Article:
When Ryan Hopkins first heard about Street Soccer programmes at the Change Centre, he believed that giving football another crack would help keep him busy and ease his anxiety. Fast forward 18 months and he is now a beacon of positivity within ‘Dundee’s biggest living-room.’
“I first heard about Street Soccer through a family friend who was at Andy’s Man’s Club”, he said.
“He invited me up to a session to help me get through the anxiety I was dealing with at the time, I was also homeless and staying on my auntie’s couch, so I needed something to keep me busy. I had no idea what Street Soccer and its programmes were about and I just wanted to forget about the things that were going on in my life at the time.
I played ice hockey for many years and I always felt that I cut myself short in terms of sport, I knew how beneficial it was but family life and other stresses took over. I had always been a big football fan and the chance to come in and take up something that was free was a big boost to me. It really helped me.”
Ryan highlights that throughout lockdown periods, he suffered. A relationship breakdown resulted in a period of homelessness and feelings of depression.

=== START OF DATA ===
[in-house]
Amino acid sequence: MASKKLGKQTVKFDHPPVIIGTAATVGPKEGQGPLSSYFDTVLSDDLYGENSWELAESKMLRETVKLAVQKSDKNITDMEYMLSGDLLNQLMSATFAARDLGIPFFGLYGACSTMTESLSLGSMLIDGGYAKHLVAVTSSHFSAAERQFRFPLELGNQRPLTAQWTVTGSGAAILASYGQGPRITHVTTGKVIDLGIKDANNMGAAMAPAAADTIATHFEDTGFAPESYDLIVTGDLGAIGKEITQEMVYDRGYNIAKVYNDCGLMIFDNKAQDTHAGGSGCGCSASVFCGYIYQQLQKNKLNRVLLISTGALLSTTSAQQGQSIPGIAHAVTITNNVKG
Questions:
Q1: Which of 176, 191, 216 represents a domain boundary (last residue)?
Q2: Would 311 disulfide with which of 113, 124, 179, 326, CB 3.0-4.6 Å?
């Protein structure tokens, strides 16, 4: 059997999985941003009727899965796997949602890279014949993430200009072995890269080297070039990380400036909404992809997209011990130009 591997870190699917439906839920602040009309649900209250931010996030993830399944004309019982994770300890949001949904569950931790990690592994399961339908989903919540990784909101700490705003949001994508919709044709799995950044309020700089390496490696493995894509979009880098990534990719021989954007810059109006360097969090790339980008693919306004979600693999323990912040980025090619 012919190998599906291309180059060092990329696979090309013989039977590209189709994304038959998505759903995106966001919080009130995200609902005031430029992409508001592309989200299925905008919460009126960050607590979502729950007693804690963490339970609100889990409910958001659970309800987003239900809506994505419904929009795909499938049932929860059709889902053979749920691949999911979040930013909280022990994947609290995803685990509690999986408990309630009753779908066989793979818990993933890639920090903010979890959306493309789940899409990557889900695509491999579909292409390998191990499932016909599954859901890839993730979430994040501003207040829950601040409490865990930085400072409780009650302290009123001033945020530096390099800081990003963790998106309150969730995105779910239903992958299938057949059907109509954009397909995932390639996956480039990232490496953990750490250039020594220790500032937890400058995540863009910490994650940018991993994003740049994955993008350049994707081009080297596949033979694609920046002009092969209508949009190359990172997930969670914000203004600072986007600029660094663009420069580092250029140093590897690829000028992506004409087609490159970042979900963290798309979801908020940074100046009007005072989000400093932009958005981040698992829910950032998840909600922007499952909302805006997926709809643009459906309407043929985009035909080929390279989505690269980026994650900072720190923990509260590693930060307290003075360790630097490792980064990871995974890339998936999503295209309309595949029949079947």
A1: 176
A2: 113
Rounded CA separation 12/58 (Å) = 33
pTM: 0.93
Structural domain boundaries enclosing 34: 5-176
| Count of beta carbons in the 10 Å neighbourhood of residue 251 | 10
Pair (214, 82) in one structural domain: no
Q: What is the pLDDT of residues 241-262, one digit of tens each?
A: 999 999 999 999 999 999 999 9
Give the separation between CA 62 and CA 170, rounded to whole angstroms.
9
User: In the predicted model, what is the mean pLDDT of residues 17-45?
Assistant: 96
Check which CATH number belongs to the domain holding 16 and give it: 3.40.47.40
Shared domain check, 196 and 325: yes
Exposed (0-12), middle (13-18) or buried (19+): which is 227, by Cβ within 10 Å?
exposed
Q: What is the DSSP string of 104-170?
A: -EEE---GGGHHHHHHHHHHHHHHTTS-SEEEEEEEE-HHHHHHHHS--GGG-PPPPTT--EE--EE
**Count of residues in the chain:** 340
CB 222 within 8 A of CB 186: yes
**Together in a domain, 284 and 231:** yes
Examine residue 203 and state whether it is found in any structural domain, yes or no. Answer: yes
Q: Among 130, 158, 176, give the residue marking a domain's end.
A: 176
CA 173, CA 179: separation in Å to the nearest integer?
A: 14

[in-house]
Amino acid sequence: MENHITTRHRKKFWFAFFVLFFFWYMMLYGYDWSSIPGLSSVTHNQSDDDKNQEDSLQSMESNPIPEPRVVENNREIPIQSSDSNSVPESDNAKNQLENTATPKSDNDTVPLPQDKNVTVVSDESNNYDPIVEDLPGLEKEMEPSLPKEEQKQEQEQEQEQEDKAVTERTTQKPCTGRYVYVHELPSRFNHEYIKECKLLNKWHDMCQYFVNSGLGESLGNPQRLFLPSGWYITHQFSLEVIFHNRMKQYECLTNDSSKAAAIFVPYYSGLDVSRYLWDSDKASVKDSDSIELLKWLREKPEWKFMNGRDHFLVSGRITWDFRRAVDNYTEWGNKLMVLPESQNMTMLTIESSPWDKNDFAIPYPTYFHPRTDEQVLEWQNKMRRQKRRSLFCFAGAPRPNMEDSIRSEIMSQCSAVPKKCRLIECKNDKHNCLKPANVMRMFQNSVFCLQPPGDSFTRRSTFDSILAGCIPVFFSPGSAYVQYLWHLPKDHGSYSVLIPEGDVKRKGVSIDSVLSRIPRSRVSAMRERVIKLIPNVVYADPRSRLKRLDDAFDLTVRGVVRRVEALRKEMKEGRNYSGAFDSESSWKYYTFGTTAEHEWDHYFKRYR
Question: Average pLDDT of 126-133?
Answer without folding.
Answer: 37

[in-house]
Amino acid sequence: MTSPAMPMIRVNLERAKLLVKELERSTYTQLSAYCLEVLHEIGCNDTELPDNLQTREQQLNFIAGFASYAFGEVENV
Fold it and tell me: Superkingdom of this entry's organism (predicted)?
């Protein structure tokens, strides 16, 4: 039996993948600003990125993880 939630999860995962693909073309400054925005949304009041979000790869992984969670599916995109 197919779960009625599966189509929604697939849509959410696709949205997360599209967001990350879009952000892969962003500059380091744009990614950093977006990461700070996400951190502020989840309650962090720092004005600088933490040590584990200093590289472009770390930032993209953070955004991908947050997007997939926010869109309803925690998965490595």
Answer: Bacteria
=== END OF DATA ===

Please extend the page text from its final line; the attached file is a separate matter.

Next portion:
“I knew I needed a support network as my depression started to creep back in. I knew I needed to reach out and thankfully I fitted in instantly at the Change Centre. I felt at ease from the moment I walked in.”
His progression at the Change Centre has been rapid. Going from player, to volunteer and then sessional worker, he is now almost a year in to his new role as a Positive Change Worker in Dundee.
“After COVID, jobs were few and far between and when you have anxiety issues, it’s tough to go through that interview process and deal with that rejection. I found the opportunity here as a chance to improve myself, get my soft skills back and engage with people, making myself feel a lot more comfortable in public settings. It was an organic progression within myself.
My progression was really quick but that was down to feeling so comfortable. Within six to eight weeks, I was asked if I would like to volunteer and that gave me a massive lift. It made me feel like someone seen you, someone cared about you. I grabbed it by the horns. If I was keeping myself busy, I was keeping my anxiety at bay. I was finding a purpose, which was huge.”
After joining Street Soccer sessions in early 2021, Ryan was well aware of the impact that the Change Centre was having on his life and credits this to improving his relationship with his children, later in the year.
“I started to feel so much better, my life was improving in every way. I was becoming better with my children again. I felt comfortable around them and I knew I had responsibilities around the corner both at the Change Centre and at home. That helped.